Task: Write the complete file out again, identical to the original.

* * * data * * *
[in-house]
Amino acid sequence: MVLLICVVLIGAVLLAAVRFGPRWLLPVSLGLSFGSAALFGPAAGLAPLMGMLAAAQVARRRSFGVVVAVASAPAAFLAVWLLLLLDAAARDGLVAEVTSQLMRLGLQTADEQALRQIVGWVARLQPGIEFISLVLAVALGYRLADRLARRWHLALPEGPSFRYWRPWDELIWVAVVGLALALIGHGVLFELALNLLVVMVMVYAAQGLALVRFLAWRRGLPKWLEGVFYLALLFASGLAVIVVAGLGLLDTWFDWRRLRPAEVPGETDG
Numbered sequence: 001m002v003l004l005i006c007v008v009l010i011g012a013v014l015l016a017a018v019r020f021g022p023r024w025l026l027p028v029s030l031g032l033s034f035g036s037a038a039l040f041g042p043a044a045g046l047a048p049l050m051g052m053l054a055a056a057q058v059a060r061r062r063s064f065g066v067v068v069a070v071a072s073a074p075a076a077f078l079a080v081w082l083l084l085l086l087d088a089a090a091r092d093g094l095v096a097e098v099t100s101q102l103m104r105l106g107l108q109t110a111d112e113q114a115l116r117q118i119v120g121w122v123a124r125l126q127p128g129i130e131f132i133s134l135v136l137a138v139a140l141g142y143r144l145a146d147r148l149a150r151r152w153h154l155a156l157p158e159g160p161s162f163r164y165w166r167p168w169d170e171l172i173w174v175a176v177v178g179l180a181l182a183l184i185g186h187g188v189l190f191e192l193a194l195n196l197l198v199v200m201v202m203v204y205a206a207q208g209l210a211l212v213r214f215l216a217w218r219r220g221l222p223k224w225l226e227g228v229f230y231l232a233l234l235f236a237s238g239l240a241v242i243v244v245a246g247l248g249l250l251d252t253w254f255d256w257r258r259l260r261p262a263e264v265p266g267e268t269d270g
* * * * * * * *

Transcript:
[in-house]
Amino acid sequence: MVLLICVVLIGAVLLAAVRFGPRWLLPVSLGLSFGSAALFGPAAGLAPLMGMLAAAQVARRRSFGVVVAVASAPAAFLAVWLLLLLDAAARDGLVAEVTSQLMRLGLQTADEQALRQIVGWVARLQPGIEFISLVLAVALGYRLADRLARRWHLALPEGPSFRYWRPWDELIWVAVVGLALALIGHGVLFELALNLLVVMVMVYAAQGLALVRFLAWRRGLPKWLEGVFYLALLFASGLAVIVVAGLGLLDTWFDWRRLRPAEVPGETDG
Numbered sequence: 001m002v003l004l005i006c007v008v009l010i011g012a013v014l015l016a017a018v019r020f021g022p023r024w025l026l027p028v029s030l031g032l033s034f035g036s037a038a039l040f041g042p043a044a045g046l047a048p049l050m051g052m053l054a055a056a057q058v059a060r061r062r063s064f065g066v067v068v069a070v071a072s073a074p075a076a077f078l079a080v081w082l083l084l085l086l087d088a089a090a091r092d093g094l095v096a097e098v099t100s101q102l103m104r105l106g107l108q109t110a111d112e113q114a115l116r117q118i119v120g121w122v123a124r125l126q127p128g129i130e131f132i133s134l135v136l137a138v139a140l141g142y143r144l145a146d147r148l149a150r151r152w153h154l155a156l157p158e159g160p161s162f163r164y165w166r167p168w169d170e171l172i173w174v175a176v177v178g179l180a181l182a183l184i185g186h187g188v189l190f191e192l193a194l195n196l197l198v199v200m201v202m203v204y205a206a207q208g209l210a211l212v213r214f215l216a217w218r219r220g221l222p223k224w225l226e227g228v229f230y231l232a233l234l235f236a237s238g239l240a241v242i243v244v245a246g247l248g249l250l251d252t253w254f255d256w257r258r259l260r261p262a263e264v265p266g267e268t269d270g